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Origami Bonsai Electronic Magazine "Beyond the Square" Vol 2 Iss 3

Origami Bonsai Electronic Magazine "Beyond the Square" Vol 2 Iss 3

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Published by benagami
This issue of Origami Bonsai Electronic Magazine goes "beyond the square" to bring you a host of origami designs based on triangles, hexagons and star shapes. Beautiful photography and lots of links. This issue includes an article about Joost Langeveld who's videos have attained almost 4,000,000 views on YouTube. Paper is included for his triangular and hexagonal origami flowers.
This issue of Origami Bonsai Electronic Magazine goes "beyond the square" to bring you a host of origami designs based on triangles, hexagons and star shapes. Beautiful photography and lots of links. This issue includes an article about Joost Langeveld who's videos have attained almost 4,000,000 views on YouTube. Paper is included for his triangular and hexagonal origami flowers.

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Published by: benagami on May 13, 2010
Copyright:Attribution Non-commercial

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10/24/2014

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"Beyond the Square" 
Joost Langeveld5 Petal
Origami Bonsai Flower 
 Molding Tree Trunks 
 
Origami Bonsai Electronic Magazine - Volume 2 Issue 3 June 1, 2010www.OrigamiBonsai.org
Click-On Contents
 
Origami Bonsai Update2Joost Langeveld55 Petal
Origami Bonsai 
Flower8Molding Tree Trunks12
Origami Bonsai Electronic Magazine Volume 2 Issue3 is written, photographed and published byBenjamin John Coleman. Edited by Annette andJohn Coleman. Copyright 2010, Benjamin JohnColeman all rights reserved.
 Artichoke and daffodil hybrid in fractal wave planter by Benjamin John Coleman.Cover: "Wildflowerz" by Benjamin John Coleman.
 
Web-Enabled!
 
Click on any highlighted item ortext in this document and you willbe taken to a link on the web.
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Origami Bonsai Electronic Magazine - Volume 2 Issue 3 June 1, 2010www.OrigamiBonsai.org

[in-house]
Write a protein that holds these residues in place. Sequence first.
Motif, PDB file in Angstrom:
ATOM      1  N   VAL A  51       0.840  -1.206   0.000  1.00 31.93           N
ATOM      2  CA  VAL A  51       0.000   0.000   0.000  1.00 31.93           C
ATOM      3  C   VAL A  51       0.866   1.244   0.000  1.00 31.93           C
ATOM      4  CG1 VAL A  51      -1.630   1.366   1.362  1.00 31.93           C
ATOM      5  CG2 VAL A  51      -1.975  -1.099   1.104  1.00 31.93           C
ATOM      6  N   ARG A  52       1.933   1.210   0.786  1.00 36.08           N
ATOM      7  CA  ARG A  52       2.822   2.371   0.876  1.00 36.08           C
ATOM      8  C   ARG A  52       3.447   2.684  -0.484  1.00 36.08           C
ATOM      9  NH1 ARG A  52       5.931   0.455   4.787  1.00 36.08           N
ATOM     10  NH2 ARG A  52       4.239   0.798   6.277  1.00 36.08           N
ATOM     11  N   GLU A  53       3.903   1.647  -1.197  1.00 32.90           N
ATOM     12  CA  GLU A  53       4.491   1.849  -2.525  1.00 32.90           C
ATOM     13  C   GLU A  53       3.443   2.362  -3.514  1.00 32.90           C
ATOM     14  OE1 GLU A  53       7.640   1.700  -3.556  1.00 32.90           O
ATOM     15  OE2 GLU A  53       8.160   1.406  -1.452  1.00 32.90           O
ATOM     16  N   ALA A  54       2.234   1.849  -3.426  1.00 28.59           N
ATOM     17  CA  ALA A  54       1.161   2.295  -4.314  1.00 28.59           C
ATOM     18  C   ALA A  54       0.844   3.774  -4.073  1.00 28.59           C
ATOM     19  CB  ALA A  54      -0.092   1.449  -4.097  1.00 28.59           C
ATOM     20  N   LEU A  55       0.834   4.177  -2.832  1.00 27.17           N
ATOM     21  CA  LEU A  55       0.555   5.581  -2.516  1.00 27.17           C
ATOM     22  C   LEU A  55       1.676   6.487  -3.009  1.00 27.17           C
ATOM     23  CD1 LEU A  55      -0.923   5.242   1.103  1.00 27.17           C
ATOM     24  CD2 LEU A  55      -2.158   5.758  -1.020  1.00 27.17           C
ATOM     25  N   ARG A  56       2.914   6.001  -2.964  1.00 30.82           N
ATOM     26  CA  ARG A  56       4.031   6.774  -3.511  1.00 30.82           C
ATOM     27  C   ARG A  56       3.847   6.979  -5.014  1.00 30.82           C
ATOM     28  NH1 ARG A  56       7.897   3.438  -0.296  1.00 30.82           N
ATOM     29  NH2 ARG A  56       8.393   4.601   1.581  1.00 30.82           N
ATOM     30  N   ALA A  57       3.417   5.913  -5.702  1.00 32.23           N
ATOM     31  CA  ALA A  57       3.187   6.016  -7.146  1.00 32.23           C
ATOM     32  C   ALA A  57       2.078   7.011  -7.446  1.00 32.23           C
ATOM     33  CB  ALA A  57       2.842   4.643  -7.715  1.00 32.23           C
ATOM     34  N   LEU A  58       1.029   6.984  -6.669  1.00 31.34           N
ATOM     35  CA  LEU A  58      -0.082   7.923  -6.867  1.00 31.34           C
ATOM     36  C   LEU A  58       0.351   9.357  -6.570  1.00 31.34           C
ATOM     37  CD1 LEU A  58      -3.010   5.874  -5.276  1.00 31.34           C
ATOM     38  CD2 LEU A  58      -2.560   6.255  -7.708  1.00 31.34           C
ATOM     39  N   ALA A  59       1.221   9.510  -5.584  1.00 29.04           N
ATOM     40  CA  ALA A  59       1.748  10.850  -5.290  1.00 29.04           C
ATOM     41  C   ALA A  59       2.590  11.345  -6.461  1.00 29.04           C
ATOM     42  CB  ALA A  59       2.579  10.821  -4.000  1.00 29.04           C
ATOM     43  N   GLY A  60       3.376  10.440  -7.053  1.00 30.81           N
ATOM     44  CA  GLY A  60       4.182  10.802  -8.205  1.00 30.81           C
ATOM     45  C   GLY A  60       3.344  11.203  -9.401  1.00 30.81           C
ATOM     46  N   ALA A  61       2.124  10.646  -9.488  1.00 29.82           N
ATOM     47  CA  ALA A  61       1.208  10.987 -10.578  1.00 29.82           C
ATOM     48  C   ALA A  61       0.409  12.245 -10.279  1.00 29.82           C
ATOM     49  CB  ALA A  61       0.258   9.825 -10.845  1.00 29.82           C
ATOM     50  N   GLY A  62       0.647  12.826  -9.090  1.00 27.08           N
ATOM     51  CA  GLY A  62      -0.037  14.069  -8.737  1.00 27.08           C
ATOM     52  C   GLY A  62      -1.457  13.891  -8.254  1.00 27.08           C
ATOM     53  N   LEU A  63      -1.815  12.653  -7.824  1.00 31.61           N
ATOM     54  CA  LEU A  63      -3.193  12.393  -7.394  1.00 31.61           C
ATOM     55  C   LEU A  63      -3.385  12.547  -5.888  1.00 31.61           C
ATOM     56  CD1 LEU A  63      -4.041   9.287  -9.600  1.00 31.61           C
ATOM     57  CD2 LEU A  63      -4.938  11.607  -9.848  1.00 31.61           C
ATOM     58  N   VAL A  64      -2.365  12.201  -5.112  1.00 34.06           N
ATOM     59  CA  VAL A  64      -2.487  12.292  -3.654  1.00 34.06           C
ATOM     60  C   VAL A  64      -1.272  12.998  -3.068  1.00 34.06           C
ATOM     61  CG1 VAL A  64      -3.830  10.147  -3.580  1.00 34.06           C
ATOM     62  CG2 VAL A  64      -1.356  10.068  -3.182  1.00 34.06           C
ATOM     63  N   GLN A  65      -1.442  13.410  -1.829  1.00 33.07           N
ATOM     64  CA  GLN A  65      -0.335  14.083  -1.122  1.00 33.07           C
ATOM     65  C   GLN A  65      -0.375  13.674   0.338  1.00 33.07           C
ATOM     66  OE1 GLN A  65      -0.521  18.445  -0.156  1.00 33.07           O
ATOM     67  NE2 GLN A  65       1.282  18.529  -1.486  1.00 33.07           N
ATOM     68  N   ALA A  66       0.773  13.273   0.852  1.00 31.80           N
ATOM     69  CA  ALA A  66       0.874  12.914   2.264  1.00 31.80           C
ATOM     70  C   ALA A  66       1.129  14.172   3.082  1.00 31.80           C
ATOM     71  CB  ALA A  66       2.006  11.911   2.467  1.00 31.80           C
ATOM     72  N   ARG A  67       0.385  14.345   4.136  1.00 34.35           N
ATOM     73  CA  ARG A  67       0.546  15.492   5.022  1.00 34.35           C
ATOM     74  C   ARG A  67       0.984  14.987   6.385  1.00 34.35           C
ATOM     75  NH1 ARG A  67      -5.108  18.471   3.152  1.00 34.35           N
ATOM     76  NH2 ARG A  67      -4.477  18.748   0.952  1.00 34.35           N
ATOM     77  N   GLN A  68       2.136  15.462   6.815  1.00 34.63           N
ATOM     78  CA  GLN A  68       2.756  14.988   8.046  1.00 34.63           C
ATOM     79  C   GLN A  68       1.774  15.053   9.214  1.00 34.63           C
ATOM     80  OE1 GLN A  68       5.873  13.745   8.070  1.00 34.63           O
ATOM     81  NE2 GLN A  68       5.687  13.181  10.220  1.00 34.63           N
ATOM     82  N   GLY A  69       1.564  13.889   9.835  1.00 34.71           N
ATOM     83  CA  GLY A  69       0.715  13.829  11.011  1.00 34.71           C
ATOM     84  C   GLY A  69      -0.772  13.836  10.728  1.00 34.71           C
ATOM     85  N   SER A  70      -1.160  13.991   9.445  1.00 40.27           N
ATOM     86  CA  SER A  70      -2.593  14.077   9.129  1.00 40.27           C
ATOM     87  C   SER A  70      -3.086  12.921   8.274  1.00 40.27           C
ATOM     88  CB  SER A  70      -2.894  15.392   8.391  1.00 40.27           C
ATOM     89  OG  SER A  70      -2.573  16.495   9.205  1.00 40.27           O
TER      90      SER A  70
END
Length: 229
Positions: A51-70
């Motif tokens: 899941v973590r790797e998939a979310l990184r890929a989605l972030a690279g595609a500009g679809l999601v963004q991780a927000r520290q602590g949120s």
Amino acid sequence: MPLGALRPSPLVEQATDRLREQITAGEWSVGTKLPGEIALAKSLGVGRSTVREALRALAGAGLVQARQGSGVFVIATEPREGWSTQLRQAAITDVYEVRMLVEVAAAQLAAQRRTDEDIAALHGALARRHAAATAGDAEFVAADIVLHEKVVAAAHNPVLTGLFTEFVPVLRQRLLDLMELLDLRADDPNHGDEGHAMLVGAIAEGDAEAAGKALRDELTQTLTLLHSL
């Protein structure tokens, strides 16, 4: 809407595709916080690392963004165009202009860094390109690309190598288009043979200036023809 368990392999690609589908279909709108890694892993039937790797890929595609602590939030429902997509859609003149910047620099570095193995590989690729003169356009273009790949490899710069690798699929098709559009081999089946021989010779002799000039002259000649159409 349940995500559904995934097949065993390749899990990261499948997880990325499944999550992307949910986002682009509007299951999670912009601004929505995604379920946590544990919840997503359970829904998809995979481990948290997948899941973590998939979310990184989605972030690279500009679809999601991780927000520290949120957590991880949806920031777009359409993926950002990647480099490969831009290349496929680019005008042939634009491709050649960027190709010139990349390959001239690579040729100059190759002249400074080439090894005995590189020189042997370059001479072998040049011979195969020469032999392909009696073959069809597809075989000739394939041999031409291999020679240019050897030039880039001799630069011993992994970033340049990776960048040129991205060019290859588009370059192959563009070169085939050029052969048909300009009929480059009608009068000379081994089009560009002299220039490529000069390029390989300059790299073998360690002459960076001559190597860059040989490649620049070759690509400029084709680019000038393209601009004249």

Origami Bonsai Update - June 1, 2010
Origami Bonsai 
(Tuttle Publishing, ISBN 0804841039 ) the first book in the Origami Bonsai series was released onApril 10, 2010. While I do not have access to sales data directly, I am able to garner some information from Amazonand Barnes and Noble statistics. It seems the book is experiencing growth in what could best be described as waves.Sales increase, I believe, as a group of people discover the book, and then slow down as they digest it. The wavethat follows is larger than its predecessor, which suggests positive growth. For a time the book was in the number 9position for top sellers in the
 flower arranging
category.At the same time, sales of the other books in the series (on DVD and sold directly by me) have grown tremendously.I was recently contacted by a fellow in Phoenix, Arizona, USA, to tell me that making branches was his only option. Ihad not considered that there would be people who did not have access to branches, which are needed in the firstbook.
In This Issue:
Development of Origami Bonsai continues at a rapid pace. I recently obtained a provisional patent on the foldingpattern used by the
basic flower form
which is presented in the first book. While reviewing the pattern for thepatent application I realized it was not dependent upon a square. In fact, the same folding pattern can beapplied to a two-dimensional shape with any number of corners. Each cornerrepresents a petal, therefore the folding pattern is capable of producing flowerswith an unlimited number petals.I immediately set out to design a five petal flower. Five petals areimportant, mostly because they're far more common in nature thanfour petals. Five is also a Fibonacci number (Italian mathematician whodiscovered a series of numbers commonly found in nature), which makesthe new flower even more exciting.After successfully folding some five-petal flowers I wondered who elsemight be working "beyond the square," and discovered that many arepushing the origami envelope. Please read on.Sincerely,Benjamin John Coleman
The first five petal flower based on the basic flower  form presented in "Origami Bonsai," by Benjamin John Coleman and from Tuttle Publishing.
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